Conducted by Applied DNA Sciences and Stratum Reservoir, the CertainT Report also found that 57% of the samples testing positive for Xinjiang cotton claimed to have a US origin. The next most-commonly claimed origin was Brazil (12%), followed by non-Xinjiang regions of China (11%) and Australia (9%).

Of the Xinjiang-positive samples, CertainT Report’s findings suggest that 66% of these items included Xinjiang cotton blended with cotton from its claimed origin. Around a third (34%) of the Xinjiang-positive samples were Xinjiang-only cotton.

The samples included a number of different imports – including yarn, fabric and finished products including apparel and footwear.

Under the rules of the US’ Uyghur Forced Labor Prevention Act (UFLPA), no Xinxiang cotton should be entering the US. Currently, around 20% of the world’s cotton originates from China – and around 90% of this originates from the Xinjiang region.

Gherzi Textil Organization partner Robert P. Antoshak told Just Style exclusively: “What I found most striking in the CertainT report is the continued widespread use of Xinjiang cotton throughout the industry’s supply chain despite UFPLA legislation and efforts by US Customs to implement the provisions of the legislation.

“Of course, there are companies that blatantly disregard the legislation, but there are also others that try to comply with the regulations only to find that their supply chains may contain Xinjiang cotton.”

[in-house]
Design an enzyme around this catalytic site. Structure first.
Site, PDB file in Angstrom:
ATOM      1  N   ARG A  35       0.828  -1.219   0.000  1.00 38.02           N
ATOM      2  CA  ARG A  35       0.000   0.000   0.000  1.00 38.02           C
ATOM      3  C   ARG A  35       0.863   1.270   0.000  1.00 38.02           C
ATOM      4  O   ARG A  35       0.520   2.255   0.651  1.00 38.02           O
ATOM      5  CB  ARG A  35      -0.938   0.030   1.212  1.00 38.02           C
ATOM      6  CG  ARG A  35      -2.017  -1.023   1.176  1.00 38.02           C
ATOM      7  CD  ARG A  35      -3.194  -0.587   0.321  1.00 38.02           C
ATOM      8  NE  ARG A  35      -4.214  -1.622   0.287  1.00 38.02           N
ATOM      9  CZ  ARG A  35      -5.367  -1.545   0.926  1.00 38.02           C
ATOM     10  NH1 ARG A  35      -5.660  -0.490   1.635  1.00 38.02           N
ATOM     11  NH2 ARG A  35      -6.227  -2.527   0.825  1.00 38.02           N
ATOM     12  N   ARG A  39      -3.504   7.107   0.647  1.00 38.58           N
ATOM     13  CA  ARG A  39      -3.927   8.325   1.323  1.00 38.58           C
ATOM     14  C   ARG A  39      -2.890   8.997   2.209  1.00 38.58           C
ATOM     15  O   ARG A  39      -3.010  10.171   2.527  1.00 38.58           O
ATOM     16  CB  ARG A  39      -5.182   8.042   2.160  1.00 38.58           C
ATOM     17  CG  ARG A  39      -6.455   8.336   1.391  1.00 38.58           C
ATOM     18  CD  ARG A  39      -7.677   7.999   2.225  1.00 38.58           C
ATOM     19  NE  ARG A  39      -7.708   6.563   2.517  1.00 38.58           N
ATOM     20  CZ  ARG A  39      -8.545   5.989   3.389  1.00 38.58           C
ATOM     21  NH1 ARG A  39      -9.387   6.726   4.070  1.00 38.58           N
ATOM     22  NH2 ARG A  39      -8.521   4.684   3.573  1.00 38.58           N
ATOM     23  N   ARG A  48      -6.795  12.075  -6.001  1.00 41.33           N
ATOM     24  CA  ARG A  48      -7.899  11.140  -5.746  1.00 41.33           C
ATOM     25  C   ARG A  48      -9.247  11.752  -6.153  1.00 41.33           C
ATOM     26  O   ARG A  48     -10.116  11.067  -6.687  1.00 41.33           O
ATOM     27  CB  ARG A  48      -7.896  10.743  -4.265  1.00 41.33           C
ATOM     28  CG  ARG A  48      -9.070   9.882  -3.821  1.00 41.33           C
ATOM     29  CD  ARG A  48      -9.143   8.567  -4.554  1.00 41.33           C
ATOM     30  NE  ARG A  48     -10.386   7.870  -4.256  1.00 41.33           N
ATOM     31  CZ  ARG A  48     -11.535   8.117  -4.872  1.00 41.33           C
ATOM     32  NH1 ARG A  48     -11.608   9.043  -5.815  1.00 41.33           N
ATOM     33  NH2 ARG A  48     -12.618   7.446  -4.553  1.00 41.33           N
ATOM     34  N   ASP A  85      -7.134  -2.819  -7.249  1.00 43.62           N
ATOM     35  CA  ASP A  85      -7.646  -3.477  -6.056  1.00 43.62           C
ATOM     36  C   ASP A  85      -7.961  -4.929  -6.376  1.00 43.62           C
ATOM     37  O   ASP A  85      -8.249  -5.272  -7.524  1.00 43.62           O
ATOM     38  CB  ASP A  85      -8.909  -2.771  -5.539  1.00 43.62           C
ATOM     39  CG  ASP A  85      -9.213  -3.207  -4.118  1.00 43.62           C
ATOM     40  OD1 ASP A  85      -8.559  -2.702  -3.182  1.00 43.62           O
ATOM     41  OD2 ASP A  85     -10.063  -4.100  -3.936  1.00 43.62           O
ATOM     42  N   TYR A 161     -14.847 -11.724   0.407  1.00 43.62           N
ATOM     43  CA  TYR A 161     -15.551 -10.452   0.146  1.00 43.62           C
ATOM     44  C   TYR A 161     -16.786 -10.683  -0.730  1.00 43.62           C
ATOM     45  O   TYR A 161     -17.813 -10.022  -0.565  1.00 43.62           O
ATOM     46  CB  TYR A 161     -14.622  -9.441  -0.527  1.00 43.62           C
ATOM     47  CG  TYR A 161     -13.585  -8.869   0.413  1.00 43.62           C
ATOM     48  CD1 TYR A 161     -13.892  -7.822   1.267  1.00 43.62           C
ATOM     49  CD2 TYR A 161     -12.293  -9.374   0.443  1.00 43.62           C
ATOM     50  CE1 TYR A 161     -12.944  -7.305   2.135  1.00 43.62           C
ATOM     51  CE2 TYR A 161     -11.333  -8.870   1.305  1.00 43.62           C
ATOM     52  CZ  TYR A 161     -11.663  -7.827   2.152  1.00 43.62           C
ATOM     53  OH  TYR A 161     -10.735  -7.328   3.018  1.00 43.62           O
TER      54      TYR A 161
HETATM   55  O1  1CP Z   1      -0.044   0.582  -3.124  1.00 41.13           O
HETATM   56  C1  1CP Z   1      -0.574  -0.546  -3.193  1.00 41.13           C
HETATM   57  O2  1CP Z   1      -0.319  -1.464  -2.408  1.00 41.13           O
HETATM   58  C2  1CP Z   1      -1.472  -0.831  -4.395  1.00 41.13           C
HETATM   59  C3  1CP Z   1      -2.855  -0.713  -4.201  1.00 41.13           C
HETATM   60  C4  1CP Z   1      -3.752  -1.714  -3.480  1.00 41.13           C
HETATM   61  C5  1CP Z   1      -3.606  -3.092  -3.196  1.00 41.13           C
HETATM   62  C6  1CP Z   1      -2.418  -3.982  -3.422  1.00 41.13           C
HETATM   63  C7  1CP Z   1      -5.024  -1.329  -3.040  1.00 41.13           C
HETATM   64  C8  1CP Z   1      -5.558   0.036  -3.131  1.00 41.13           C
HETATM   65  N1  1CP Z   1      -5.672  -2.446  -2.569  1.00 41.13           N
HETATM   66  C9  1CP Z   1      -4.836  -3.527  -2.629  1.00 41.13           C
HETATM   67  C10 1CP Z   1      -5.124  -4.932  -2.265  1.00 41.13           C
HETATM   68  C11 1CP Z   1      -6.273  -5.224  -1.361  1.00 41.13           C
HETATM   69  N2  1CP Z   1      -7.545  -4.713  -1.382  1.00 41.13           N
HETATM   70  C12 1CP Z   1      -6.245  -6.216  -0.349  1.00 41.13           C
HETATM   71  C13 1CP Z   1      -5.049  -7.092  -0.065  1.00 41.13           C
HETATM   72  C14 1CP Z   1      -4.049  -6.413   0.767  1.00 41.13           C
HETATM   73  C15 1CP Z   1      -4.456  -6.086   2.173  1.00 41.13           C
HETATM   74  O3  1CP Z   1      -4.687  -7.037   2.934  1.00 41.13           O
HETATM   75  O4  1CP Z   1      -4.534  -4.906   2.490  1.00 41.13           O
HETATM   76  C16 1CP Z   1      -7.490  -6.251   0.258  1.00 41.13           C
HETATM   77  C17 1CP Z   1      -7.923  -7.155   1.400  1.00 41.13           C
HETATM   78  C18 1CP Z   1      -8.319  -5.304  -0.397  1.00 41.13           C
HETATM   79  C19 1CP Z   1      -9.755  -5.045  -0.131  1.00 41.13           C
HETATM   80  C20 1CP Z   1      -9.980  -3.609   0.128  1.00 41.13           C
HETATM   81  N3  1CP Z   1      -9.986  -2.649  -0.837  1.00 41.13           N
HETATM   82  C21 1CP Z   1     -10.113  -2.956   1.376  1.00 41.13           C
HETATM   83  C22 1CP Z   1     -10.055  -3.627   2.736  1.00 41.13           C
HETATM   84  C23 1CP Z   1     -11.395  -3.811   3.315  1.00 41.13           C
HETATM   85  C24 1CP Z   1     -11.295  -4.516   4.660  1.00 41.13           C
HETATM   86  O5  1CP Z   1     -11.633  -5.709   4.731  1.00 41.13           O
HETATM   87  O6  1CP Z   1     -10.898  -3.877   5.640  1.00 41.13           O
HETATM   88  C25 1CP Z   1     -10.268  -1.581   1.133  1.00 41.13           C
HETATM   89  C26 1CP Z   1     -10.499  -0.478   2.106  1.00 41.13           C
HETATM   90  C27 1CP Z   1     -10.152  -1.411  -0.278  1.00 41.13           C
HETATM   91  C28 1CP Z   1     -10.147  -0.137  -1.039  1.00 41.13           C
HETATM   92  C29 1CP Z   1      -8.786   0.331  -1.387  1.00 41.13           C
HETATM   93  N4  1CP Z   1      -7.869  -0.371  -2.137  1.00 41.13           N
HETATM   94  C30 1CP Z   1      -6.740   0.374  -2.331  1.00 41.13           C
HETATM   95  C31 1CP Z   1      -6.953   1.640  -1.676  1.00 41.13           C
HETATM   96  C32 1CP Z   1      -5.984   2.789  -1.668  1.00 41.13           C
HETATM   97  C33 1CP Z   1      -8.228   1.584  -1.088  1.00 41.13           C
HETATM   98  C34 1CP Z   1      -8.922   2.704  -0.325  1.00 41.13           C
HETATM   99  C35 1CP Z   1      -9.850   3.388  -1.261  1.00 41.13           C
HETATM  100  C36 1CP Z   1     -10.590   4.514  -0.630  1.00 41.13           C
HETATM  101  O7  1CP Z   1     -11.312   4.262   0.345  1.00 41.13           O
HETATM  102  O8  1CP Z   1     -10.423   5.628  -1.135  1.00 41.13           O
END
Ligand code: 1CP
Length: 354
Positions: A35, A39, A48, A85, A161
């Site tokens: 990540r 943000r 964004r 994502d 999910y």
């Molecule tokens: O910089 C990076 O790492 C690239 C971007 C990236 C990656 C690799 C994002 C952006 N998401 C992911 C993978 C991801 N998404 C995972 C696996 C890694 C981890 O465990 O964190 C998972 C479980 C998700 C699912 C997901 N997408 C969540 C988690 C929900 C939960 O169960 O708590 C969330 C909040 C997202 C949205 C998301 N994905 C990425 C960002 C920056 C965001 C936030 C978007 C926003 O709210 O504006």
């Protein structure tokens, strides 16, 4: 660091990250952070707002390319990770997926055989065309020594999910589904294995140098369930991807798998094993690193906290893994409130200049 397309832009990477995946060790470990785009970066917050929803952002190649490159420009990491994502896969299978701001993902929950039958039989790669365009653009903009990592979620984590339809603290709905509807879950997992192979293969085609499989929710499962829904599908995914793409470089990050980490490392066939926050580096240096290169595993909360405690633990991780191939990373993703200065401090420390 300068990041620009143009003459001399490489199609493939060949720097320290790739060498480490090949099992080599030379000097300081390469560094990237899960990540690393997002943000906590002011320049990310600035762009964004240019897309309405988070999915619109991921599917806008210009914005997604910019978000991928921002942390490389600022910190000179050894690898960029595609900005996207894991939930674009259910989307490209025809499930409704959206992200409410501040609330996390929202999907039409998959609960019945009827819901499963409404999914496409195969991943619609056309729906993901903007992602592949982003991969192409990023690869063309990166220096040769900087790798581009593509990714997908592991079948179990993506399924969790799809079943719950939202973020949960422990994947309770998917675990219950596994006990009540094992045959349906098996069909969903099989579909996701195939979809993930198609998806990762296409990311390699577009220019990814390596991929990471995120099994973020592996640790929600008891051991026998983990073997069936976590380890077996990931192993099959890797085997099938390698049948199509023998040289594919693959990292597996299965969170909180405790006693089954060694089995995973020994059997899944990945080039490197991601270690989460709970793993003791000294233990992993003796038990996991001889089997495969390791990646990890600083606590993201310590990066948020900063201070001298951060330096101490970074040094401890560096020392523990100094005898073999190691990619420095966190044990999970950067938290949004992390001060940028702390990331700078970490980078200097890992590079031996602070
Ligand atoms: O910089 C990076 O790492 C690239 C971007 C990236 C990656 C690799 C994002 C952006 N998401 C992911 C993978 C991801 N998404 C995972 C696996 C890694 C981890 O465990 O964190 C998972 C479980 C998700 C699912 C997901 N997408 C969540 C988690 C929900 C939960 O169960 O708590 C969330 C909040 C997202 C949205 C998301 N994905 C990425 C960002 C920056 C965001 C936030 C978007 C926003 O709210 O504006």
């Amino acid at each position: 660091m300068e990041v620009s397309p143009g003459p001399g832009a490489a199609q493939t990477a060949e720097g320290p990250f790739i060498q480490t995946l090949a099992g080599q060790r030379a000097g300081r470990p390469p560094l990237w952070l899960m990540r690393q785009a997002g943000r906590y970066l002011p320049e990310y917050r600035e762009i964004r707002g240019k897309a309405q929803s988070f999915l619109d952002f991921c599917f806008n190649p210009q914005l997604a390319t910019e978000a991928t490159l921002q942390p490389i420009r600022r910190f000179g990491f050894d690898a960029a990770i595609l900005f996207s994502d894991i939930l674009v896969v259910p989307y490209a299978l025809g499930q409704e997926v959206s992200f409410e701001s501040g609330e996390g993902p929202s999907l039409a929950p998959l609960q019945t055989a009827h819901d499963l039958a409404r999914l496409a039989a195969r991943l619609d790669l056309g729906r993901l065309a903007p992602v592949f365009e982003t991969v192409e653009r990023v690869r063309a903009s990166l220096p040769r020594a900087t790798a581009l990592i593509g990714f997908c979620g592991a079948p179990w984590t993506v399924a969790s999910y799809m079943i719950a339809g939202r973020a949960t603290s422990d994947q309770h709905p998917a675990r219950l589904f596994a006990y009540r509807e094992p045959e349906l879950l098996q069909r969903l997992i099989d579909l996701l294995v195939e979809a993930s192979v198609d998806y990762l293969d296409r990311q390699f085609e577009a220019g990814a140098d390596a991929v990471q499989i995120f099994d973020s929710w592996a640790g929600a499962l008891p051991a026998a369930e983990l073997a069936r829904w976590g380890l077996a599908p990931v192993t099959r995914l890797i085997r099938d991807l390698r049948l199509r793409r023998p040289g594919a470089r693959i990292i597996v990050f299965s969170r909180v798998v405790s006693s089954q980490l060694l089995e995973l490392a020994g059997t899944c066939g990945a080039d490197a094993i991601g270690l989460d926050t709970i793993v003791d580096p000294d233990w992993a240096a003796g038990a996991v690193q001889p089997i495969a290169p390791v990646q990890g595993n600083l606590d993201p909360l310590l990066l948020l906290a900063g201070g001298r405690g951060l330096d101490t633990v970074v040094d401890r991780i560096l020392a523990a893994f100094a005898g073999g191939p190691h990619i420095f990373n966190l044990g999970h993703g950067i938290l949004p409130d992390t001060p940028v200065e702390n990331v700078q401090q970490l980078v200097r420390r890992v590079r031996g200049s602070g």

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The report argues that “much more can be done” to eliminate the use of forced labour from cotton supply chains.

Specifically, the report calls for:

  1. Increased awareness and use of US-based forensic technologies such as DNA tagging, genomic cotton PCR-based testing and isotope origin testing. All of these technologies and services are currently available in the US.
  2. More robust supply chain monitoring and enforcement measure, particularly in regions with well-documented human rights concerns – such as Xinjiang.

Antoshak said: “Controlling the use of Xinjiang-origin cotton in global supply chains is difficult. As the yarn-spinning industry is so accustomed to blending cotton from various geographic regions, it is always going to be difficult for authorities to police the origin of cotton — and the offending companies know it.

He added that “there is little question” that new technologies will need to be deployed if the the UFLPA is to be effectively enforced in the US.

The news comes shortly after the National Council of Textile Organisations welcomed a plan from the US Administration to crackdown on “unfair trade practices” which it says are responsible for the closure of eight production plants in the last three months.